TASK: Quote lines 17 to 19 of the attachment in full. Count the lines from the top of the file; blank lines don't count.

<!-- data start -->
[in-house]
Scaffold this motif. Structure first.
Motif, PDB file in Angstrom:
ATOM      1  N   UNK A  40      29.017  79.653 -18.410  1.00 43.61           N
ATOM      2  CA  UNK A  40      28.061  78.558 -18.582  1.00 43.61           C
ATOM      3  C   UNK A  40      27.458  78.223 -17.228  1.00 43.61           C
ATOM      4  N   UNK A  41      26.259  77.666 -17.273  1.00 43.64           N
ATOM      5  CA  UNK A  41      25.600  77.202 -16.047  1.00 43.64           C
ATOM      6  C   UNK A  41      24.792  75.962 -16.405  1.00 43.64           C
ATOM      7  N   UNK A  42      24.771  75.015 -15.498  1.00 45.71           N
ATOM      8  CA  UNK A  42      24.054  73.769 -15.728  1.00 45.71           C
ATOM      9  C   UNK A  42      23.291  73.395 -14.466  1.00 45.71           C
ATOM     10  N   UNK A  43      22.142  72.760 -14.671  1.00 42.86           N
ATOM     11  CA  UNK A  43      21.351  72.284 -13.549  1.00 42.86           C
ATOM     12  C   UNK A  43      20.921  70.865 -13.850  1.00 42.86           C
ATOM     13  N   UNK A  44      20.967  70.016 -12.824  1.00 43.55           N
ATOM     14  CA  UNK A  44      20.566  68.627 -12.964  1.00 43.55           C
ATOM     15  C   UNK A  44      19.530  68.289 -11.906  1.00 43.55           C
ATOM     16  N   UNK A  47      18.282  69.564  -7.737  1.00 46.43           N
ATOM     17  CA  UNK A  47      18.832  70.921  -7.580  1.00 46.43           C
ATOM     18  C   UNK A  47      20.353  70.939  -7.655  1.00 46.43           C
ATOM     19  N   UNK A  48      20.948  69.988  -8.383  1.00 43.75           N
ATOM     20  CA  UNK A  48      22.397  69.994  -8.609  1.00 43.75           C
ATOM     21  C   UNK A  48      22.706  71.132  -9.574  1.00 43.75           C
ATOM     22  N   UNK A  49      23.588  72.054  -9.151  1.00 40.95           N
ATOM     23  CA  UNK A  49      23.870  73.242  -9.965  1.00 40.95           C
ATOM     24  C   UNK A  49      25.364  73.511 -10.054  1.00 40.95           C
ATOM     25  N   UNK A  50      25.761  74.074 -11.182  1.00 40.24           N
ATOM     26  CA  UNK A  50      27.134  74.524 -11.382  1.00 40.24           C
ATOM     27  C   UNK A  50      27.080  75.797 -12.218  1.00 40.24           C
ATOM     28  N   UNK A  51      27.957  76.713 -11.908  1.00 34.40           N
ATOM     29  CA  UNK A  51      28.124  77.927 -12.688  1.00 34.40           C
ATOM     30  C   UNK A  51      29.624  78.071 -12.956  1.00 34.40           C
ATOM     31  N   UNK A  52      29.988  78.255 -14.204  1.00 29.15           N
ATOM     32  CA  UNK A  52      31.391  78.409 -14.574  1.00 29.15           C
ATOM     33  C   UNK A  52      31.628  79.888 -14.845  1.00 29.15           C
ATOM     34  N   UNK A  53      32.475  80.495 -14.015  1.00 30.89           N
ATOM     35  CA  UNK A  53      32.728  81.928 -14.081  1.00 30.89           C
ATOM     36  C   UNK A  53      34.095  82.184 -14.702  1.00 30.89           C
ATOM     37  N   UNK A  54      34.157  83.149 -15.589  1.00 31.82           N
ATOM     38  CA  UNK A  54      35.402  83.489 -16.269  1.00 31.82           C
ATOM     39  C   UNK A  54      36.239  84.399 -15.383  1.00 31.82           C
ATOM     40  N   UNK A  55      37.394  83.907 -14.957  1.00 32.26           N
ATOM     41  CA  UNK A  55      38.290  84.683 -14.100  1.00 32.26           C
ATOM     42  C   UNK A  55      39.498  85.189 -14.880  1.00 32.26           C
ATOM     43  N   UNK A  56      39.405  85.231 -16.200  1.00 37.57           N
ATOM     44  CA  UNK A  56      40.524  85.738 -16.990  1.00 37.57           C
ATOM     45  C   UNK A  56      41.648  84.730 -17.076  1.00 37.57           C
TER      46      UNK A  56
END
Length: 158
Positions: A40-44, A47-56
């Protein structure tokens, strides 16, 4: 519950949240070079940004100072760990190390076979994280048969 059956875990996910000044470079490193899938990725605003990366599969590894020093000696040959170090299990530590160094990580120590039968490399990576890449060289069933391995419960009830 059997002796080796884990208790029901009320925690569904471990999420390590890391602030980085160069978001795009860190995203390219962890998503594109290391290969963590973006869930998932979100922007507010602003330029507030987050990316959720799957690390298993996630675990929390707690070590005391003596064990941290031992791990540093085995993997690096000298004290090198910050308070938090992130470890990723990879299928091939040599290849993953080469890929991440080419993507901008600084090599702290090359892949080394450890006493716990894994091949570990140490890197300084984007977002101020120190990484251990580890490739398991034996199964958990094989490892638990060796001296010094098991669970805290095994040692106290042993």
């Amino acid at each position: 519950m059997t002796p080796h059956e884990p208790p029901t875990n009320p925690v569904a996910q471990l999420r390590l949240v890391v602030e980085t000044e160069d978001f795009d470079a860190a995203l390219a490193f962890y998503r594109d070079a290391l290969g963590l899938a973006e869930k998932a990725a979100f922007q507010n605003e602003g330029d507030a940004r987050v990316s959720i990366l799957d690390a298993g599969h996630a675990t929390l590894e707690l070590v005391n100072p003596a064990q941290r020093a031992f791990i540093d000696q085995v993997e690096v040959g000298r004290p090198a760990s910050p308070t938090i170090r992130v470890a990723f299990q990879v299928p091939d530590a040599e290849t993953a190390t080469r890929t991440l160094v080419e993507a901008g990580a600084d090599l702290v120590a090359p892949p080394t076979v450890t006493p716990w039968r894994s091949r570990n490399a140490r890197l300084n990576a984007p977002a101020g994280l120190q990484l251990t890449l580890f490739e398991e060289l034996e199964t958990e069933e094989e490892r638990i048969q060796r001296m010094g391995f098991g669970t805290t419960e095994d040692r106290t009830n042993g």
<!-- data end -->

ATOM     14  CA  UNK A  44      20.566  68.627 -12.964  1.00 43.55           C
ATOM     15  C   UNK A  44      19.530  68.289 -11.906  1.00 43.55           C
ATOM     16  N   UNK A  47      18.282  69.564  -7.737  1.00 46.43           N